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GHG on the Rise!

April 17, 2012

Bottom line! All the brouhaha heard around the world about clean energy hasn’t amounted to a hill of beams.

Why? The 2012 U.S. Greenhouse Gas Inventory Report by the EPA, which summarizes the latest information on U.S. anthropogenic greenhouse gas emission trends from 1990 through 2010 concluded “total U.S. emissions have increased by 10.5 percent from 1990 to 2010. Since 1990, U.S. emissions have increased at an average annual rate of 0.5 percent. Furthermore, “emissions increased from 2009 to 2010 by 3.2 percent.”(1)

The report attributed the increase “from 2009 to 2010 was primarily due to an increase in economic output resulting in an increase in energy consumption across all sectors, and much warmer summer conditions resulting in an increase in electricity demand for air conditioning that was generated primarily by combusting coal and natural gas.”(1)

It’s probably true that without all the strides in wind and solar farms and energy efficiency measures, the trend would be considerably worse. However, it is generally believed within the scientific community that greenhouse gas emissions must be cut in half by 2050 in order to prevent global temperatures from increasing by more than 3.6 degrees Fahrenheit (2 degrees Celsius).

To make matters worse, the U.S. is not alone. In December 2011, The New York Times reported, “Global emissions of carbon dioxide from fossil-fuel burning jumped by the largest amount on record last year, upending the notion that the brief decline during the recession might persist through the recovery. Emissions rose 5.9 percent in 2010…… The increase solidified a trend of ever-rising emissions that scientists fear will make it difficult, if not impossible, to forestall severe climate change in coming decades.”(2)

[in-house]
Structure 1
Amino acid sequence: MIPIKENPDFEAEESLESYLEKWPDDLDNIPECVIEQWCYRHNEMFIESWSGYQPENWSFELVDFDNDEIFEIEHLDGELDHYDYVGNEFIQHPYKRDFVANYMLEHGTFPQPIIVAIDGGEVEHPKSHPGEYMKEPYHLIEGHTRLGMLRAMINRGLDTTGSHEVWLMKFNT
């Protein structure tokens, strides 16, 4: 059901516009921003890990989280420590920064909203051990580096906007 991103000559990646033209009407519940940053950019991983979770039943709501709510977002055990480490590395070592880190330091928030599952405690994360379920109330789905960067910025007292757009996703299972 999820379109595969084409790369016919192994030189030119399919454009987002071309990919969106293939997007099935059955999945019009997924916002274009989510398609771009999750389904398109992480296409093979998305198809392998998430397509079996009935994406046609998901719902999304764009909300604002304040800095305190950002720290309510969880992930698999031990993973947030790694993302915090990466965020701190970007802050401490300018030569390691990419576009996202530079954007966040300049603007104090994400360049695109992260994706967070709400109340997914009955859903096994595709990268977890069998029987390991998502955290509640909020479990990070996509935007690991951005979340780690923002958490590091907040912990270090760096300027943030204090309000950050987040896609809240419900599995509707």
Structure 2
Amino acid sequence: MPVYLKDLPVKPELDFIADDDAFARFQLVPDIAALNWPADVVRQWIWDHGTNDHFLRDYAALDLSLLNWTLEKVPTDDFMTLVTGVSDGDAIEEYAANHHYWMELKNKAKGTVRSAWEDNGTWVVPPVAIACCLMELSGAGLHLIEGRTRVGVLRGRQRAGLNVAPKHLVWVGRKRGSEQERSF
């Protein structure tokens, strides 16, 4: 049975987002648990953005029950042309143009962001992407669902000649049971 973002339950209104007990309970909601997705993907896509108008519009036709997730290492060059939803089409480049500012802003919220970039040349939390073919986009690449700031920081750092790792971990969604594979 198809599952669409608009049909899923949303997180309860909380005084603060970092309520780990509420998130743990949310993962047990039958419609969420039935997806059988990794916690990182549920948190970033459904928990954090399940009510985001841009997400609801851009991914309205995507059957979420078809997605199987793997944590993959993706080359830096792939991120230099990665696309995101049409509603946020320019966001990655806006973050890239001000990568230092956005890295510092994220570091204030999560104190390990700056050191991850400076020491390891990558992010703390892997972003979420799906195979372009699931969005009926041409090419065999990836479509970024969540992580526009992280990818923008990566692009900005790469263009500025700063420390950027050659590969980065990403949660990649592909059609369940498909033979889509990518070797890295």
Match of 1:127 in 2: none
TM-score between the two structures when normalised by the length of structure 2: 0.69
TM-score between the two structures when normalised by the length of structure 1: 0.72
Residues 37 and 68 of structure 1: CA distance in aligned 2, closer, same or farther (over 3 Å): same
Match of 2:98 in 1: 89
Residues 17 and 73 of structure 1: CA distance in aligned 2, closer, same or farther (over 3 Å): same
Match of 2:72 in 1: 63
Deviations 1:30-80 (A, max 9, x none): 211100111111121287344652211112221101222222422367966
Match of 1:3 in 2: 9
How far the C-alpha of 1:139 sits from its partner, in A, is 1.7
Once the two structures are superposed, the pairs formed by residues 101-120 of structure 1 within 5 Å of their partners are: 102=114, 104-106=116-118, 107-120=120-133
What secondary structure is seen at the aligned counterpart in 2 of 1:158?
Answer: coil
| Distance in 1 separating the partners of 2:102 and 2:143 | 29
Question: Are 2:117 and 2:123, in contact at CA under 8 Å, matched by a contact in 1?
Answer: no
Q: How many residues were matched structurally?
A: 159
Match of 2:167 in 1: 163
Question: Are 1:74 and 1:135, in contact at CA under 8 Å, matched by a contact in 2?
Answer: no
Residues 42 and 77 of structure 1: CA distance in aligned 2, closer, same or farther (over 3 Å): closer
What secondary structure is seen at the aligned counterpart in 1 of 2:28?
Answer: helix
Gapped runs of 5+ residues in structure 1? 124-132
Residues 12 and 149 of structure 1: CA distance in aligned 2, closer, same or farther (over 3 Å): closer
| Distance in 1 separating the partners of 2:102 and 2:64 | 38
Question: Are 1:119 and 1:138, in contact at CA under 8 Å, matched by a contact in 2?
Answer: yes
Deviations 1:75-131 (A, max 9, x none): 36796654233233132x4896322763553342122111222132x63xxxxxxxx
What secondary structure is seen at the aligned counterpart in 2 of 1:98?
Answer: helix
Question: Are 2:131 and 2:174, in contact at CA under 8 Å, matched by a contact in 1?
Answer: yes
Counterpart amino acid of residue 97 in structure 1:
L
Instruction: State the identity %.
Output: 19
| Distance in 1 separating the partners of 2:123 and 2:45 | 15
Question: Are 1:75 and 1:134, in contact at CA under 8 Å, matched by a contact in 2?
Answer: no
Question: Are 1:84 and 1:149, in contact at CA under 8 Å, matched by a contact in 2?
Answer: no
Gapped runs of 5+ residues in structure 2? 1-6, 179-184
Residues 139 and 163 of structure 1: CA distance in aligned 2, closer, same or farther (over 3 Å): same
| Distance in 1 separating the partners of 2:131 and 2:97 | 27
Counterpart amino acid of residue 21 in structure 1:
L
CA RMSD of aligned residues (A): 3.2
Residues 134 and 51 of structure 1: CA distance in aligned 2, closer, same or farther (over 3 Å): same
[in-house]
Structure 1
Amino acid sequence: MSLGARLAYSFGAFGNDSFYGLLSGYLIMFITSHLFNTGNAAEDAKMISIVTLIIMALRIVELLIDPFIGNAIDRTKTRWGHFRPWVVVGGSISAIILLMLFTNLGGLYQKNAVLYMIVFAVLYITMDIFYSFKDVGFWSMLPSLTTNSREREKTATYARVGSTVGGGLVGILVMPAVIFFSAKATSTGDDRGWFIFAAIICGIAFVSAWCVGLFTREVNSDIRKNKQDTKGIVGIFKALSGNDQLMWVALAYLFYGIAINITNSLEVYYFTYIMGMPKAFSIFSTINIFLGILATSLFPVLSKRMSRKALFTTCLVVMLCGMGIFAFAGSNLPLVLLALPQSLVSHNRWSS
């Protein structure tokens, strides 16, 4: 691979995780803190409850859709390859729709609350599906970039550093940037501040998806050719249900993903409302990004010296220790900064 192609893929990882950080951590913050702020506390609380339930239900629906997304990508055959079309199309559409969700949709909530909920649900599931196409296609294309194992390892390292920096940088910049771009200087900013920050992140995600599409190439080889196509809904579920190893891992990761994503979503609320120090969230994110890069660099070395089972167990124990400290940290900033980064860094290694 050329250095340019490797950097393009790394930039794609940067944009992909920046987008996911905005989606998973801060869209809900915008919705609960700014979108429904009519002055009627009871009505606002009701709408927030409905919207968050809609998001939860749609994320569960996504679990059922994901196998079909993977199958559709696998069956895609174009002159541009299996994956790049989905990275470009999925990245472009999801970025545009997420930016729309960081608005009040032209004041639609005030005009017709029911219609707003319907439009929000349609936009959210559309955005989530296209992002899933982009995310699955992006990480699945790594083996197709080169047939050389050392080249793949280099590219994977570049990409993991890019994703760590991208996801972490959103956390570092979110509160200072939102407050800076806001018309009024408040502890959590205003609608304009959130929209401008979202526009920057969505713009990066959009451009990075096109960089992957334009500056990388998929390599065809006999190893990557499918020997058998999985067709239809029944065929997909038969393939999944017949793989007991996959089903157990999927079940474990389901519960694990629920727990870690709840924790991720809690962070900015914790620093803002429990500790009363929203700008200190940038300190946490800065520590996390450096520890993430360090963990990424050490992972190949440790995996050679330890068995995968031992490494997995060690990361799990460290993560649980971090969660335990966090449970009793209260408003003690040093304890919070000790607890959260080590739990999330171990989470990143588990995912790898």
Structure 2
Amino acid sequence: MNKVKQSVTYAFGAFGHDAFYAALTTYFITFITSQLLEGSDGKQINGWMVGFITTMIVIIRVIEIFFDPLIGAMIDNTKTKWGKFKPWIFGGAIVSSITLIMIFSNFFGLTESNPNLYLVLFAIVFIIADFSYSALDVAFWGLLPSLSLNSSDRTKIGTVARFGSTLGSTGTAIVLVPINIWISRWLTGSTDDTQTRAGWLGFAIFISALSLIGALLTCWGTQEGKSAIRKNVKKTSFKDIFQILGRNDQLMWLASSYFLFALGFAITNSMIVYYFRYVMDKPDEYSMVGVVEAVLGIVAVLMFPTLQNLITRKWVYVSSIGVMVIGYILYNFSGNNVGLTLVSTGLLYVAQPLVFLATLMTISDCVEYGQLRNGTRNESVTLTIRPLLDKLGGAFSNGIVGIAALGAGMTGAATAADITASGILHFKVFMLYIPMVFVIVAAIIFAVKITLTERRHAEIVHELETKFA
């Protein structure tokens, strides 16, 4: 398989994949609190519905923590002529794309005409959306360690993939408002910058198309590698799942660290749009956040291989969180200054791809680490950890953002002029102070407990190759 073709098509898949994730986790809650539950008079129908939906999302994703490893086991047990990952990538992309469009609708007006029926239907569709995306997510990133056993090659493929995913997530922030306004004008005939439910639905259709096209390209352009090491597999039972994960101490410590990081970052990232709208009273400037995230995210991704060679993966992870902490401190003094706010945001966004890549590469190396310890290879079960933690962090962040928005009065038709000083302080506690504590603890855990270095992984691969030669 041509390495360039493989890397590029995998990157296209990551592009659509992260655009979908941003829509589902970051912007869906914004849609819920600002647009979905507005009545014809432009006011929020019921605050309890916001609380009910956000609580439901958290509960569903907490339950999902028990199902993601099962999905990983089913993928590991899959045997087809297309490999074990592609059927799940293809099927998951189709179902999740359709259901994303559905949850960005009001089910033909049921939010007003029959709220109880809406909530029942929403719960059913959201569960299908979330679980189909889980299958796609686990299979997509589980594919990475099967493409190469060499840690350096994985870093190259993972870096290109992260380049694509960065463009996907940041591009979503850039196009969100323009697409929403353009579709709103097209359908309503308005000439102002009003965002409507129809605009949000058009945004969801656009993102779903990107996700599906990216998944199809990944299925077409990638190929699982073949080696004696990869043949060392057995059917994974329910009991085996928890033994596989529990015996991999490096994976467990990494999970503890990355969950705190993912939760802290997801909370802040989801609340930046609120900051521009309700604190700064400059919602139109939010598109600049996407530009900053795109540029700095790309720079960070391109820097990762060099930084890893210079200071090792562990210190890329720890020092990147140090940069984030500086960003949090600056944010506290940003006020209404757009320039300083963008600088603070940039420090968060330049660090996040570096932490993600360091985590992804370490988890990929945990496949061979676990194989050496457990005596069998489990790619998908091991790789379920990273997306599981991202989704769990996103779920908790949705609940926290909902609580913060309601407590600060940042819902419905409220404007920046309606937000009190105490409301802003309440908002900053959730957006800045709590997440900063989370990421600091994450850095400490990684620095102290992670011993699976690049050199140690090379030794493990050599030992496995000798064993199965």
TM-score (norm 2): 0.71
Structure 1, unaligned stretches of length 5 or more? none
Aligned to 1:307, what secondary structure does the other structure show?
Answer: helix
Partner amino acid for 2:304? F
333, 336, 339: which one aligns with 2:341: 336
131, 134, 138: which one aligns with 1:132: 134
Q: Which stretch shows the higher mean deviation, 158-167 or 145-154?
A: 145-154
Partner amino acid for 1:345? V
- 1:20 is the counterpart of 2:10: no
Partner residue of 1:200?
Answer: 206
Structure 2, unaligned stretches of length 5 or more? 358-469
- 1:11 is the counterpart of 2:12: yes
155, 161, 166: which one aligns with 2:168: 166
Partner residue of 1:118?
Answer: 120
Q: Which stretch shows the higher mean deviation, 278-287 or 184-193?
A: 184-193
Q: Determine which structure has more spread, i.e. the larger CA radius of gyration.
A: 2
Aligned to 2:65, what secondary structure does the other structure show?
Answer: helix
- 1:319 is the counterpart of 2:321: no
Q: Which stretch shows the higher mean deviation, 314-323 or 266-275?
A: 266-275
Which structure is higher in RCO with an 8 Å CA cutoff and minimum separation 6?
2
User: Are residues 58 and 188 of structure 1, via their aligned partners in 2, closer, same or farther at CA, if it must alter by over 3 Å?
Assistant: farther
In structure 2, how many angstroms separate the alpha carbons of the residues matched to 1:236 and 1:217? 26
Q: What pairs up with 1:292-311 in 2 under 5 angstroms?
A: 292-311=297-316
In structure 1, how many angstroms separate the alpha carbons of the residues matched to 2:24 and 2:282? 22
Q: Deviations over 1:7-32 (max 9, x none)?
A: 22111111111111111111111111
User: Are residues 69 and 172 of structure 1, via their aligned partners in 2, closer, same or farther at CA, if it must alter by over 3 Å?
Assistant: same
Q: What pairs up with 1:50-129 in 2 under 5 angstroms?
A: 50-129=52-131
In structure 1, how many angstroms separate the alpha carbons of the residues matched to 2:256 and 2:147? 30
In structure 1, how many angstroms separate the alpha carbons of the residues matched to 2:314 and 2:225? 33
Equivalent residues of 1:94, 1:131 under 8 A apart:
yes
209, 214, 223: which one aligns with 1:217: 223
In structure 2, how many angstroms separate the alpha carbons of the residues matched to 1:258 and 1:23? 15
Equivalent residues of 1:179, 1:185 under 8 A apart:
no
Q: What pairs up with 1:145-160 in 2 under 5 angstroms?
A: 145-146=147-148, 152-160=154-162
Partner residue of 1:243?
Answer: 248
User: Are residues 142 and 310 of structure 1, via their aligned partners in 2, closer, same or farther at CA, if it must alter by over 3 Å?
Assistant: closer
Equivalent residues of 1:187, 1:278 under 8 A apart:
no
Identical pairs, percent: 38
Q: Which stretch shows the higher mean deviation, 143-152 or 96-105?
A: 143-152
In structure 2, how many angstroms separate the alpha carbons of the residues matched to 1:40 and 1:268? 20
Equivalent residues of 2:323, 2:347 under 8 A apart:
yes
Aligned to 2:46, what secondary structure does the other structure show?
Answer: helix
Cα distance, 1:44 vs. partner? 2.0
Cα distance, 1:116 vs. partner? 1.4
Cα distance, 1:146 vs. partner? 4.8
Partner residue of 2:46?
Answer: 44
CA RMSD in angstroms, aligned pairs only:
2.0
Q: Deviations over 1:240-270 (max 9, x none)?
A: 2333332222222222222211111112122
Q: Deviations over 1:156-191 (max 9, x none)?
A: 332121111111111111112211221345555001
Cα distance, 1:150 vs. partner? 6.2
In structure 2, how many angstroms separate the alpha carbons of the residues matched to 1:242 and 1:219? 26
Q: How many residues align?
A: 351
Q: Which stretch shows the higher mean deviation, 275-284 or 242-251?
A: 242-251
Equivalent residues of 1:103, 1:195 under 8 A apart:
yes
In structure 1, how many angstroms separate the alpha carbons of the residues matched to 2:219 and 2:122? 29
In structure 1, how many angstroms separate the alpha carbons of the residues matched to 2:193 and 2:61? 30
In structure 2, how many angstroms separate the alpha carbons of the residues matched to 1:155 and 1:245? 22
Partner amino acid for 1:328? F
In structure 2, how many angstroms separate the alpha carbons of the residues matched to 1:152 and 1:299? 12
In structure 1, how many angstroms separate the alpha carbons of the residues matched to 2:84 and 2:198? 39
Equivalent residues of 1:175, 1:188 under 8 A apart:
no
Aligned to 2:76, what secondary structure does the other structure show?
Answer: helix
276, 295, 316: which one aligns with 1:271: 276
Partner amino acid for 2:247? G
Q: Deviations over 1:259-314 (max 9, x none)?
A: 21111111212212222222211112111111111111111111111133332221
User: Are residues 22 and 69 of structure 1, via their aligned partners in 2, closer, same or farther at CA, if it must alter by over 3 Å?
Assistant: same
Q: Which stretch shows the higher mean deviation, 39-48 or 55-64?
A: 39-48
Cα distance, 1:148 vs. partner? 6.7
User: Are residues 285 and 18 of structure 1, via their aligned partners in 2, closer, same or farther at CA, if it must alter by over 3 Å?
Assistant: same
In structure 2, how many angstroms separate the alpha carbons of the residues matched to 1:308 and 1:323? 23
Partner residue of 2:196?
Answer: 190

Even today, The Sidney Morning Herald reported, “Australia’s greenhouse gas emissions continued to rise last year, driven by an increase in vehicle use and gases leaking from coalmines, federal government data show. The nation released 546 million tonnes more carbon dioxide than its land mass absorbed last year, not including the data from changes in land use and logging, which is recorded separately. This is a 0.6 per cent increase on the 2010 emissions figure, still below the nation’s peak in 2008.”(3)

To better understand the trend, this 2002 graph from the EIA presents data on the major global sources of carbon dioxide (CO2) emissions by country, from the beginning of the Industrial Revolution to the present, (4). Only skiers and mountain climbers would enjoy such a profile.

The following world map shows CO2 emissions for 2009 by country.(5) From highest to lowest, the top 10 bad boys for pure CO2 emissions is China, United States, India, Russia, Japan, Germany, Canada, South Korea, Iran and the United Kingdom.  There is a large disparity in emissions between China (7,710 metric tonnes) and the UK (520 metric tonnes).  A difference of about 1,400%!